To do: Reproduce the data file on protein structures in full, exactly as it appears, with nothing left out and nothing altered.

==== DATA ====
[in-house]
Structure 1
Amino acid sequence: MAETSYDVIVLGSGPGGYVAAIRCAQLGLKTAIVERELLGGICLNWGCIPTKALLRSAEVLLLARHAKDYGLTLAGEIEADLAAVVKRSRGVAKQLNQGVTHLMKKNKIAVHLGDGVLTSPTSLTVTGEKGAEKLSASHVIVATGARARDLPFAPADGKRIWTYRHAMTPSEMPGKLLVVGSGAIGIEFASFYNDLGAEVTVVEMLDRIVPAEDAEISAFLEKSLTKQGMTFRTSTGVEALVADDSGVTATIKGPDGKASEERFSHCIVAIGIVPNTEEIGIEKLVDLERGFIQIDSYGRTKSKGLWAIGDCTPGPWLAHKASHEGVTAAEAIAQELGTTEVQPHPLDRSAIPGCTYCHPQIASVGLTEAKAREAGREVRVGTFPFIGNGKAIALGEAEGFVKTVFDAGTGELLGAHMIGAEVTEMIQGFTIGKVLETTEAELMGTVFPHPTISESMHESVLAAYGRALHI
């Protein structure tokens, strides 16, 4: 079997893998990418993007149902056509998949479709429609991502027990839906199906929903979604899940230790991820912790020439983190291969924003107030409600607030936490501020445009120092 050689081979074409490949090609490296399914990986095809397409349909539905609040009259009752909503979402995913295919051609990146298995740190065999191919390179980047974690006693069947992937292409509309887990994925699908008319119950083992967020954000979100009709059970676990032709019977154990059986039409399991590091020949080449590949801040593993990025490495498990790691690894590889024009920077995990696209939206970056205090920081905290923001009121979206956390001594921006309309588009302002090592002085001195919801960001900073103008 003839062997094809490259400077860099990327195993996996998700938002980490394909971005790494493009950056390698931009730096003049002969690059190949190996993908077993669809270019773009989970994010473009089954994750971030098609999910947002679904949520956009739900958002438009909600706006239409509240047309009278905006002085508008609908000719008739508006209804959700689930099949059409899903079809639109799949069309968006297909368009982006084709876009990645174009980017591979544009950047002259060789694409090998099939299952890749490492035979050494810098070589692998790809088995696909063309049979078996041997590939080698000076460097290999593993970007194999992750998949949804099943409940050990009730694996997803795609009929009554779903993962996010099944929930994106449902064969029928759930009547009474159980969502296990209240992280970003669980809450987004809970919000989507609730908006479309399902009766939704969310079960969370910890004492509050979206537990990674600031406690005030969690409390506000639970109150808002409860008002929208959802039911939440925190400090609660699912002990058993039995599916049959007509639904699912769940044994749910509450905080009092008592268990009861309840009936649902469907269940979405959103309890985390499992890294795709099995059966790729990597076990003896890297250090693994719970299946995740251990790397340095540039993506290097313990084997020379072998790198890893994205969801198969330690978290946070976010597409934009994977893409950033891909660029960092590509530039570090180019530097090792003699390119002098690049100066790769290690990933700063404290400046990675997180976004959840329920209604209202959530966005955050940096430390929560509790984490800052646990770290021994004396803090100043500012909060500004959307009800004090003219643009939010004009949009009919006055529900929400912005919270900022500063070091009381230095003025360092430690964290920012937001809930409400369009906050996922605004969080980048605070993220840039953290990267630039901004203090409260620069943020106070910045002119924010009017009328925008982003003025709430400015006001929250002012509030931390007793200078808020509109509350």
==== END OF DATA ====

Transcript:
[in-house]
Structure 1
Amino acid sequence: MAETSYDVIVLGSGPGGYVAAIRCAQLGLKTAIVERELLGGICLNWGCIPTKALLRSAEVLLLARHAKDYGLTLAGEIEADLAAVVKRSRGVAKQLNQGVTHLMKKNKIAVHLGDGVLTSPTSLTVTGEKGAEKLSASHVIVATGARARDLPFAPADGKRIWTYRHAMTPSEMPGKLLVVGSGAIGIEFASFYNDLGAEVTVVEMLDRIVPAEDAEISAFLEKSLTKQGMTFRTSTGVEALVADDSGVTATIKGPDGKASEERFSHCIVAIGIVPNTEEIGIEKLVDLERGFIQIDSYGRTKSKGLWAIGDCTPGPWLAHKASHEGVTAAEAIAQELGTTEVQPHPLDRSAIPGCTYCHPQIASVGLTEAKAREAGREVRVGTFPFIGNGKAIALGEAEGFVKTVFDAGTGELLGAHMIGAEVTEMIQGFTIGKVLETTEAELMGTVFPHPTISESMHESVLAAYGRALHI
């Protein structure tokens, strides 16, 4: 079997893998990418993007149902056509998949479709429609991502027990839906199906929903979604899940230790991820912790020439983190291969924003107030409600607030936490501020445009120092 050689081979074409490949090609490296399914990986095809397409349909539905609040009259009752909503979402995913295919051609990146298995740190065999191919390179980047974690006693069947992937292409509309887990994925699908008319119950083992967020954000979100009709059970676990032709019977154990059986039409399991590091020949080449590949801040593993990025490495498990790691690894590889024009920077995990696209939206970056205090920081905290923001009121979206956390001594921006309309588009302002090592002085001195919801960001900073103008 003839062997094809490259400077860099990327195993996996998700938002980490394909971005790494493009950056390698931009730096003049002969690059190949190996993908077993669809270019773009989970994010473009089954994750971030098609999910947002679904949520956009739900958002438009909600706006239409509240047309009278905006002085508008609908000719008739508006209804959700689930099949059409899903079809639109799949069309968006297909368009982006084709876009990645174009980017591979544009950047002259060789694409090998099939299952890749490492035979050494810098070589692998790809088995696909063309049979078996041997590939080698000076460097290999593993970007194999992750998949949804099943409940050990009730694996997803795609009929009554779903993962996010099944929930994106449902064969029928759930009547009474159980969502296990209240992280970003669980809450987004809970919000989507609730908006479309399902009766939704969310079960969370910890004492509050979206537990990674600031406690005030969690409390506000639970109150808002409860008002929208959802039911939440925190400090609660699912002990058993039995599916049959007509639904699912769940044994749910509450905080009092008592268990009861309840009936649902469907269940979405959103309890985390499992890294795709099995059966790729990597076990003896890297250090693994719970299946995740251990790397340095540039993506290097313990084997020379072998790198890893994205969801198969330690978290946070976010597409934009994977893409950033891909660029960092590509530039570090180019530097090792003699390119002098690049100066790769290690990933700063404290400046990675997180976004959840329920209604209202959530966005955050940096430390929560509790984490800052646990770290021994004396803090100043500012909060500004959307009800004090003219643009939010004009949009009919006055529900929400912005919270900022500063070091009381230095003025360092430690964290920012937001809930409400369009906050996922605004969080980048605070993220840039953290990267630039901004203090409260620069943020106070910045002119924010009017009328925008982003003025709430400015006001929250002012509030931390007793200078808020509109509350």